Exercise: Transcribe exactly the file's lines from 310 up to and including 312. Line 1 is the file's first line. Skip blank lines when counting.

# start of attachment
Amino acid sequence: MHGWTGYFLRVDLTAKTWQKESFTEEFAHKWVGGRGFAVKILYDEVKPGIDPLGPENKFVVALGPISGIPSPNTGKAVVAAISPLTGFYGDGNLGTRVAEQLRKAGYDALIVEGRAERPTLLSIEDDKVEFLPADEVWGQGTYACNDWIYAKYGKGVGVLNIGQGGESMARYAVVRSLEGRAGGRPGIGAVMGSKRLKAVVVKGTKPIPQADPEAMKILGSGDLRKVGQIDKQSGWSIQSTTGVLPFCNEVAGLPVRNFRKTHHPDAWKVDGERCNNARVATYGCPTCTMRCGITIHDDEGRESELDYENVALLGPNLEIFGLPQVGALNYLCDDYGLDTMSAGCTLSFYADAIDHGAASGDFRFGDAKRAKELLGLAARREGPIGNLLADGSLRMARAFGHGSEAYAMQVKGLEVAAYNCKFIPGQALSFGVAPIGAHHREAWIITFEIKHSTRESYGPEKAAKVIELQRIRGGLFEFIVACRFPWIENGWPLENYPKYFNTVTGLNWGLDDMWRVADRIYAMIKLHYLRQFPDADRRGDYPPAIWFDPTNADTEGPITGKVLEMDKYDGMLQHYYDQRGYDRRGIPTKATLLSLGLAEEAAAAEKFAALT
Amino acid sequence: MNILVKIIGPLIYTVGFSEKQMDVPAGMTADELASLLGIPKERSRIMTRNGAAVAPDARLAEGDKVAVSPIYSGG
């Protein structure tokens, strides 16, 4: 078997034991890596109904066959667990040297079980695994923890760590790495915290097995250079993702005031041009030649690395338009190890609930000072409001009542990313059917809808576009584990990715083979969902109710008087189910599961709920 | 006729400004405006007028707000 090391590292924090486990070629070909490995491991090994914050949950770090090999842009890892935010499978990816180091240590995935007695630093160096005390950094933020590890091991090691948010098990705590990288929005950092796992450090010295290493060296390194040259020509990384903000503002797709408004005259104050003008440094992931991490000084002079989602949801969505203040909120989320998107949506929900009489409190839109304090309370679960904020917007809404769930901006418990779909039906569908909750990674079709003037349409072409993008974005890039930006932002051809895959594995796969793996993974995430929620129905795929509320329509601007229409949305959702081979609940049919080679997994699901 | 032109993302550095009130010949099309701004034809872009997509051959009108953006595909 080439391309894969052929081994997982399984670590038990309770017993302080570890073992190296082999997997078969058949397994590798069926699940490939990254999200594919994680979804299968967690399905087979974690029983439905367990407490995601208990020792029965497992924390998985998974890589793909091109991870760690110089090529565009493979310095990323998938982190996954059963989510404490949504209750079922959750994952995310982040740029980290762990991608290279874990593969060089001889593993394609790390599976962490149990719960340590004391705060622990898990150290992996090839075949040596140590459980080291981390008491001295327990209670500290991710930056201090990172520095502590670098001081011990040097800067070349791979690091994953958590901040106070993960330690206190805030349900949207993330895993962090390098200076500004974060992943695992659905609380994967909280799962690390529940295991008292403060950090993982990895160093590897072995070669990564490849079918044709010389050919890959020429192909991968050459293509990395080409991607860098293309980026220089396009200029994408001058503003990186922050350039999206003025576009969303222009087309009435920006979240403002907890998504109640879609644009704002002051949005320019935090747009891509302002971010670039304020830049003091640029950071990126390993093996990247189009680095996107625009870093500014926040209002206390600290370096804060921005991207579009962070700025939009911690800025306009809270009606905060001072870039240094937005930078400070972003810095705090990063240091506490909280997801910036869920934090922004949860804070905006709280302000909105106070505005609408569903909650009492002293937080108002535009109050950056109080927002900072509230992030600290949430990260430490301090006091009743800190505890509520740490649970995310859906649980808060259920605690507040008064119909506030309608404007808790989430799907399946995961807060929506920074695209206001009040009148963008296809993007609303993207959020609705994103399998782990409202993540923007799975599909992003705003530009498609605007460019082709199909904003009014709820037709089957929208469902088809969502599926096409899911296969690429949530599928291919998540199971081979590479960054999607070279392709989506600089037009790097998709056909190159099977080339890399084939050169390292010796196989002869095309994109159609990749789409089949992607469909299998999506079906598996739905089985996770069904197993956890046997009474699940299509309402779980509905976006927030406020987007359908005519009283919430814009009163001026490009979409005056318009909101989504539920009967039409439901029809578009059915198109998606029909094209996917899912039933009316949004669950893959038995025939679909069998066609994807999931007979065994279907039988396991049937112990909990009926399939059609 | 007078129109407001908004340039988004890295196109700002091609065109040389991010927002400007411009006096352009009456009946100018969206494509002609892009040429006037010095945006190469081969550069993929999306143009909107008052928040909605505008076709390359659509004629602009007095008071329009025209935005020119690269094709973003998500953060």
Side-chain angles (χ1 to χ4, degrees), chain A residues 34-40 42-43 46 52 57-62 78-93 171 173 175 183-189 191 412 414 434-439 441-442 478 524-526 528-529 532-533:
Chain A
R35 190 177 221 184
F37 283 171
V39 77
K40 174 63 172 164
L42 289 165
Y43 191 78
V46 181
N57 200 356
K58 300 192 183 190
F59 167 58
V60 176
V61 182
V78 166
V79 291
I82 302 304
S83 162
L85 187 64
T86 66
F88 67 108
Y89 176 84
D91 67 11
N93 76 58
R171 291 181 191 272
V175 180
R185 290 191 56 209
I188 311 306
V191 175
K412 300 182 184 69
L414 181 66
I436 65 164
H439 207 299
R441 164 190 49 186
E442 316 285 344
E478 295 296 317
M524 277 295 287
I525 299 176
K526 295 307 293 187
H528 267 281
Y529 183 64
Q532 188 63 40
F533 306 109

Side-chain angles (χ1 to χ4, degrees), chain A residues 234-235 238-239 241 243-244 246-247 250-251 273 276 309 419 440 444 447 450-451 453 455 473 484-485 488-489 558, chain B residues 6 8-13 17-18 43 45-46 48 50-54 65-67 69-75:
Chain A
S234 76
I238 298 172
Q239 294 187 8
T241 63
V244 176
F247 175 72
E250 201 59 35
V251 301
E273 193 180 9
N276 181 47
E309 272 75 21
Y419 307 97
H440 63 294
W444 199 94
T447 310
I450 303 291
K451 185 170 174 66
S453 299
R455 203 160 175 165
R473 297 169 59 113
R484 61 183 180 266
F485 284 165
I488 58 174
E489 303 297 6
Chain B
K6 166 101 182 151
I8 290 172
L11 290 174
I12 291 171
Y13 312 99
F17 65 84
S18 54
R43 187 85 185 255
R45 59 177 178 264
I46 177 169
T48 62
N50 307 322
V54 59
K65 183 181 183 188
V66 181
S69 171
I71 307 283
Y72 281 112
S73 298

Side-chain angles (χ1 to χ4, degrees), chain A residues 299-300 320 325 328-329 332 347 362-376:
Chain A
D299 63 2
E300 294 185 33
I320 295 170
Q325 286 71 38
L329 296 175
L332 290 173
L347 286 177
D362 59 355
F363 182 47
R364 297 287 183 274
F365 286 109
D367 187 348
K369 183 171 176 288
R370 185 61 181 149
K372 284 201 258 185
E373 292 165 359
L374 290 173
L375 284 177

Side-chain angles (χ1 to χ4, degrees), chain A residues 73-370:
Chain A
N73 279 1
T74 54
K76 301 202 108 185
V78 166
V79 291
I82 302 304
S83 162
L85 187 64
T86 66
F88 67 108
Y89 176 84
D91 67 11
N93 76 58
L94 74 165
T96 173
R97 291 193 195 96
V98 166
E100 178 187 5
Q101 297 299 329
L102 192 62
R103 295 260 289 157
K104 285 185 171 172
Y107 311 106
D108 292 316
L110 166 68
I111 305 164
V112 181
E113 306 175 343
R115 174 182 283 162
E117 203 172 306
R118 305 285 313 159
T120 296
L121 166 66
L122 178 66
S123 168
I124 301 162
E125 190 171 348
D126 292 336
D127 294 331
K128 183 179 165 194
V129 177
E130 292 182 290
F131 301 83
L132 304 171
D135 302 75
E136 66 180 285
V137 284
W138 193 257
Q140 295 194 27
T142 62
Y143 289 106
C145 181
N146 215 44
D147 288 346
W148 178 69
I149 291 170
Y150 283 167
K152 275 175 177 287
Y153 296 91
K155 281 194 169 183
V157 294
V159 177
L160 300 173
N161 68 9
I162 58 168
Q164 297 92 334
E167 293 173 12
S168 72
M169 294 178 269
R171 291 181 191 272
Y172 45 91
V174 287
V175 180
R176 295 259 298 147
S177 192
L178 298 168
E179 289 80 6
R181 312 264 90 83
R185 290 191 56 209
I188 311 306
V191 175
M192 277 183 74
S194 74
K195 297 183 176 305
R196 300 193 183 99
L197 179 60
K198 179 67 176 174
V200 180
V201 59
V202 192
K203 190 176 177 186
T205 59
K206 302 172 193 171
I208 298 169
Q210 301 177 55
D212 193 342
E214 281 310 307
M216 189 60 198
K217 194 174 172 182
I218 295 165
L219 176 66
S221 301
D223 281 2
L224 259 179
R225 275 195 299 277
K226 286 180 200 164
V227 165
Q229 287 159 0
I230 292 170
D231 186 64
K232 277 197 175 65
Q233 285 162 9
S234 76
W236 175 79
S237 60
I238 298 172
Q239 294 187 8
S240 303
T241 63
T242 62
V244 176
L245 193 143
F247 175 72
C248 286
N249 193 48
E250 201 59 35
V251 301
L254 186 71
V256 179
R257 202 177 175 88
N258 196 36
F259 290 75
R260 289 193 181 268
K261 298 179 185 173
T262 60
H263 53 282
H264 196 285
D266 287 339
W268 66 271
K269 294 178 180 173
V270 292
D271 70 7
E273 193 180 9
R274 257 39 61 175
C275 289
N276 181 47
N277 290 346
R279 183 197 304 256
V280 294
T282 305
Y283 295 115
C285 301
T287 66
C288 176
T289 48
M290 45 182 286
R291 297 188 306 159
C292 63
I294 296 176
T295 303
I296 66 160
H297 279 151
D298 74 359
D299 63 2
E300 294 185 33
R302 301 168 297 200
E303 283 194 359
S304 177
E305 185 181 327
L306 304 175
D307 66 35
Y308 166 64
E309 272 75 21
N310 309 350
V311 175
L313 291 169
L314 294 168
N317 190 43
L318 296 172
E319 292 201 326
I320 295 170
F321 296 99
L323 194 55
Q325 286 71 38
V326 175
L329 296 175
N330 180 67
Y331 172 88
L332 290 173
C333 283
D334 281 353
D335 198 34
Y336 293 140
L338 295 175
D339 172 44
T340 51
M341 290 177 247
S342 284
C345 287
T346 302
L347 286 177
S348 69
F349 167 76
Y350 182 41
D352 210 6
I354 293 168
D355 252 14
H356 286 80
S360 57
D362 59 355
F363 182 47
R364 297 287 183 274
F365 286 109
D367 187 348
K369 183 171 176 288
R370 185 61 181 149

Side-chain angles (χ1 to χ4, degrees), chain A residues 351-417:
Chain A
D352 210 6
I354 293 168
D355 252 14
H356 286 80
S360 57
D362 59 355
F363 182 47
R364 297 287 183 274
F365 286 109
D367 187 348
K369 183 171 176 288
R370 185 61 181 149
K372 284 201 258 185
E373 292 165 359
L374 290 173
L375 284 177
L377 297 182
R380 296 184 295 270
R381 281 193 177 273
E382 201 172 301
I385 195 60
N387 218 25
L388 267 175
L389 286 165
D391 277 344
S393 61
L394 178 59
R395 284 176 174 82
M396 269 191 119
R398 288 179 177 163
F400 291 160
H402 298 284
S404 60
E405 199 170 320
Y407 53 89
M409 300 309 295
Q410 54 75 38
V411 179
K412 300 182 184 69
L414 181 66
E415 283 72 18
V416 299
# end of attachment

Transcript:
T340 51
M341 290 177 247
S342 284